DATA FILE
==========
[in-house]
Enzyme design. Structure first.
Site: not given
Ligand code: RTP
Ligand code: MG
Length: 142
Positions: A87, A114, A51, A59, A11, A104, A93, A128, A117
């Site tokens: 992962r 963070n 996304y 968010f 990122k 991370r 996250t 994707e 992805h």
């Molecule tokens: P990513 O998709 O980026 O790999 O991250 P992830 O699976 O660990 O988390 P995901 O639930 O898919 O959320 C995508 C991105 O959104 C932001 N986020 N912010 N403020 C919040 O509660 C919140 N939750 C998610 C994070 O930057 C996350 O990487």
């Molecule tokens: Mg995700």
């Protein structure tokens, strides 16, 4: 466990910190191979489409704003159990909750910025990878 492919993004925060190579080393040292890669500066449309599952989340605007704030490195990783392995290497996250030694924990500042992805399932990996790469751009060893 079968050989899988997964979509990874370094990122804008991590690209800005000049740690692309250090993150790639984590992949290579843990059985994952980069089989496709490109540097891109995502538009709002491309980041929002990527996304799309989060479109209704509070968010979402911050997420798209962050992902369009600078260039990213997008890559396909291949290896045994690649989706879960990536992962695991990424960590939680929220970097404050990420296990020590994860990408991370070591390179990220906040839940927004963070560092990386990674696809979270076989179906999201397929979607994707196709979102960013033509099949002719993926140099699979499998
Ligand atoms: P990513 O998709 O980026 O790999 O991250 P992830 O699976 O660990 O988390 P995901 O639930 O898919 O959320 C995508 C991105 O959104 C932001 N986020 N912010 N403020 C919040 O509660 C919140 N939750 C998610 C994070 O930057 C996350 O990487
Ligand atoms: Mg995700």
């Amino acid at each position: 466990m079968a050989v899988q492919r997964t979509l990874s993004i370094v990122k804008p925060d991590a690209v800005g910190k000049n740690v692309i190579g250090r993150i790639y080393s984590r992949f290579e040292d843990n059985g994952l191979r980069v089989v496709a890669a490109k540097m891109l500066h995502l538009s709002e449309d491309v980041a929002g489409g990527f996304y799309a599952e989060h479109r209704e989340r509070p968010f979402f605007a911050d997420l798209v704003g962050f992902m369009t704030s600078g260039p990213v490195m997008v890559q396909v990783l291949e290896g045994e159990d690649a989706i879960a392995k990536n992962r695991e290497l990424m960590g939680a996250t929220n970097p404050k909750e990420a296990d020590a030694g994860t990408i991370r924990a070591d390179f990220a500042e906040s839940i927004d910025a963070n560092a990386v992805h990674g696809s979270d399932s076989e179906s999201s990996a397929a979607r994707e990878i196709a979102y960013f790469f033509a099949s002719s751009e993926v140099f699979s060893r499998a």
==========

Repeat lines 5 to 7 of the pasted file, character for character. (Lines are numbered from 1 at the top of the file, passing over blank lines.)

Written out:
Ligand code: MG
Length: 142
Positions: A87, A114, A51, A59, A11, A104, A93, A128, A117